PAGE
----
On Monday 27th November at 11AM (GMT) Jill Banfield will deliver the 2023 Crick Lecture, ‘Innovating metagenomics to explore the strange world of archaeal extrachromosomal elements.’ Jill’s lecture will be delivered in the LMB Max Perutz Lecture Theatre and will also be streamed over Zoom where anyone who is interested is welcome to join.
Jill Banfield is a Professor in the Departments of Earth and Planetary Science and Environmental Science, Policy, and Management at the University of California, Berkeley. Jill spent her early life in New South Wales, Australia. She later obtained her undergraduate and master’s degrees from the Australian National University and then her Ph.D. in Earth and Planetary Science at John Hopkins University in Baltimore 1990.
Jill’s main area of research is in Geomicrobiology and Environmental microbiology. She is interested in the relationship between microorganisms and their natural environments.
Her group studies microbial communities primarily using cultivation-independent approaches such as geonomics and proteomics. Her group works on microbial dissolution and precipitation of minerals, the structure and its properties, and reactivity of nanoparticles, microbial ecology, and evolution. Her projects have taken her to some interesting field locations such as the Iron Mountain in California, the Angelo reserve in Northern California and Rivers sites in Colorado, Utah.
Jill has recently been awarded the 2023 van Leeuwenhoek Medal for contribution to the understanding of microbial communities and interactions between microbes and the environment. She was the first woman to win this award in its 125-year history. She was elected a Fellow of the Royal Society in 2018, elected to the Australian Academy of Sciences in 2015 and to the National Academy of Sciences in 2006.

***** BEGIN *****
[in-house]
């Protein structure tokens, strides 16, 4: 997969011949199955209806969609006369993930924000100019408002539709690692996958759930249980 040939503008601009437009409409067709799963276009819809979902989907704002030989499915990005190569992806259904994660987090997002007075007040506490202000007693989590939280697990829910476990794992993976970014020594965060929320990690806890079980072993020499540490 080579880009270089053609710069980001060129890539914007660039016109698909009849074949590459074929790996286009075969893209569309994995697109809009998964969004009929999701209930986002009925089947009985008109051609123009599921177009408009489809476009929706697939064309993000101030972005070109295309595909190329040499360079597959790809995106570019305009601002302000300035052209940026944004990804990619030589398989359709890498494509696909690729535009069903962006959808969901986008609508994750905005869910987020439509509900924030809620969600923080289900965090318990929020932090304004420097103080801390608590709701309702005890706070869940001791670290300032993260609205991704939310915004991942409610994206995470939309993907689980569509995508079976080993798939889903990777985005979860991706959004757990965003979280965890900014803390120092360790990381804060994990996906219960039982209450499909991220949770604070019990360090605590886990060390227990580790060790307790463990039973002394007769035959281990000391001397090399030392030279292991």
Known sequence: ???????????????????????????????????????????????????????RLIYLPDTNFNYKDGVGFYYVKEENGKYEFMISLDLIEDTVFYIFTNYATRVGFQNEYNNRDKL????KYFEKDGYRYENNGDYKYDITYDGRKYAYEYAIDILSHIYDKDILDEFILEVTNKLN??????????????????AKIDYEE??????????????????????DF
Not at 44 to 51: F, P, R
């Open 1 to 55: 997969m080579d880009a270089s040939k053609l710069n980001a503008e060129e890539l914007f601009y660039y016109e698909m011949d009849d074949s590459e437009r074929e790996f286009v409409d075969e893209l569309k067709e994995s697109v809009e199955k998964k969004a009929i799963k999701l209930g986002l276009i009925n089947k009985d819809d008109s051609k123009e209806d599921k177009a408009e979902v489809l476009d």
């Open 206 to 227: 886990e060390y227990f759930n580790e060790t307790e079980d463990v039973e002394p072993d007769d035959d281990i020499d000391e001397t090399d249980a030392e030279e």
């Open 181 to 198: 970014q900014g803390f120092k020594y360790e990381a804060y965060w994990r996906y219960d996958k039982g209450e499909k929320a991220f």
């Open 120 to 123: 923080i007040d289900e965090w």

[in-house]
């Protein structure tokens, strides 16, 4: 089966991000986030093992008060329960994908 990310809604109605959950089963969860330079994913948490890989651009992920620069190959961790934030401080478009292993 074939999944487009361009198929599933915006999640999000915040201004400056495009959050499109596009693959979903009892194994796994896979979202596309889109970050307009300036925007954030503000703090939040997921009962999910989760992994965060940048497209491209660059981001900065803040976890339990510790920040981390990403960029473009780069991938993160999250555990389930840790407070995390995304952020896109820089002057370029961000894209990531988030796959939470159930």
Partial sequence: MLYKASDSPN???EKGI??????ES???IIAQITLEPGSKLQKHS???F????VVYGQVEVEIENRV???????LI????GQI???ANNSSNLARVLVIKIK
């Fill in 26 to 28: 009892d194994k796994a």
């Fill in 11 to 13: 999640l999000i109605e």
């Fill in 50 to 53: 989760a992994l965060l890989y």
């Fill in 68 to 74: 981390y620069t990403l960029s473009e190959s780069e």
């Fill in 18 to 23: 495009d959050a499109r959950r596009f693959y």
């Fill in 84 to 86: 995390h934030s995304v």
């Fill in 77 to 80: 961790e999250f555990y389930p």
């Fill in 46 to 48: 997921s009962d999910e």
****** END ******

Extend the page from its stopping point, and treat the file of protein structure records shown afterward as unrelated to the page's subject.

Metagenomic methods have brought to light huge, diverse, linear extrachromosomal elements of Archaea that are referred to as Borgs, given their propensity to assimilate DNA from diverse organisms. Borgs clearly replicate in anaerobic methane-oxidizing archaea yet cannot easily be classified as either viruses or plasmids. We are applying new short read genome curation methods, long-read sequencing information and in silico structural biology tools to comprehensively define their genomes and uncover functions in their enigmatic proteomes. The findings indicate unexpected, highly replicated capacities that that alter our perception of these strange, and likely biogeochemically important, entities.
The Francis Crick lecture is given in honour of LMB alumnus and Nobel Laureate Francis Crick. It is one of a series of named lectures organised by the LMB and given by eminent scientists from around the world. These talks are supported financially by AstraZeneca and the Max Perutz Fund.
Francis was born in 1916 in Northampton. He received a B.Sc. in physics from University College London in 1937. His subsequent Ph.D. was interrupted by World War II, during which he worked on the design of acoustic and magnetic mines for the British Admiralty. In 1948 he joined Max Perutz’s MRC Unit for Research on the Molecular Structure of Biological Systems (now the MRC Laboratory of Molecular Biology). It was here that he helped solve the structure of DNA and initiated work on the genetic code. In 1976 he moved to the Salk Institute in California where he immersed himself in trying to define how we are aware of things, looking to find a neuronal correlate of consciousness. He continued with this until he died in San Diego on 28 July 2004.